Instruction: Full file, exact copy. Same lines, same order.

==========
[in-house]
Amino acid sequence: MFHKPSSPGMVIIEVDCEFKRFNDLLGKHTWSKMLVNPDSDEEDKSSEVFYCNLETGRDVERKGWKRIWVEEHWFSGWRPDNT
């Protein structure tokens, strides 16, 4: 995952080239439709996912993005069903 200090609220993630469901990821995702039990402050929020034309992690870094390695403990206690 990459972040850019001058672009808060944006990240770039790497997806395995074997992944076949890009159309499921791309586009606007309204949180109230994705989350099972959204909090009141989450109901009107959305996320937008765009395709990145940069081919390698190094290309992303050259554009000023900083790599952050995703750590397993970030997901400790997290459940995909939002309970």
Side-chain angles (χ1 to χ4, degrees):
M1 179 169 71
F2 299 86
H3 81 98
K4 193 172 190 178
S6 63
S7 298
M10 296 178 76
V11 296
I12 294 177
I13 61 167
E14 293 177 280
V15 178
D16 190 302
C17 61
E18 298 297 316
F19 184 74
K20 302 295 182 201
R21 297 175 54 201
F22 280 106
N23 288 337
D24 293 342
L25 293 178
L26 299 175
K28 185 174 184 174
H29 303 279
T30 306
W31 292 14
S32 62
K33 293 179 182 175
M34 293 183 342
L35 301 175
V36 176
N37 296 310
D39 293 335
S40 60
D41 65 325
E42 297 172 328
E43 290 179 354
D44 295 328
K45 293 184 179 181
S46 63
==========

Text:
[in-house]
Amino acid sequence: MFHKPSSPGMVIIEVDCEFKRFNDLLGKHTWSKMLVNPDSDEEDKSSEVFYCNLETGRDVERKGWKRIWVEEHWFSGWRPDNT
């Protein structure tokens, strides 16, 4: 995952080239439709996912993005069903 200090609220993630469901990821995702039990402050929020034309992690870094390695403990206690 990459972040850019001058672009808060944006990240770039790497997806395995074997992944076949890009159309499921791309586009606007309204949180109230994705989350099972959204909090009141989450109901009107959305996320937008765009395709990145940069081919390698190094290309992303050259554009000023900083790599952050995703750590397993970030997901400790997290459940995909939002309970």
Side-chain angles (χ1 to χ4, degrees):
M1 179 169 71
F2 299 86
H3 81 98
K4 193 172 190 178
S6 63
S7 298
M10 296 178 76
V11 296
I12 294 177
I13 61 167
E14 293 177 280
V15 178
D16 190 302
C17 61
E18 298 297 316
F19 184 74
K20 302 295 182 201
R21 297 175 54 201
F22 280 106
N23 288 337
D24 293 342
L25 293 178
L26 299 175
K28 185 174 184 174
H29 303 279
T30 306
W31 292 14
S32 62
K33 293 179 182 175
M34 293 183 342
L35 301 175
V36 176
N37 296 310
D39 293 335
S40 60
D41 65 325
E42 297 172 328
E43 290 179 354
D44 295 328
K45 293 184 179 181
S46 63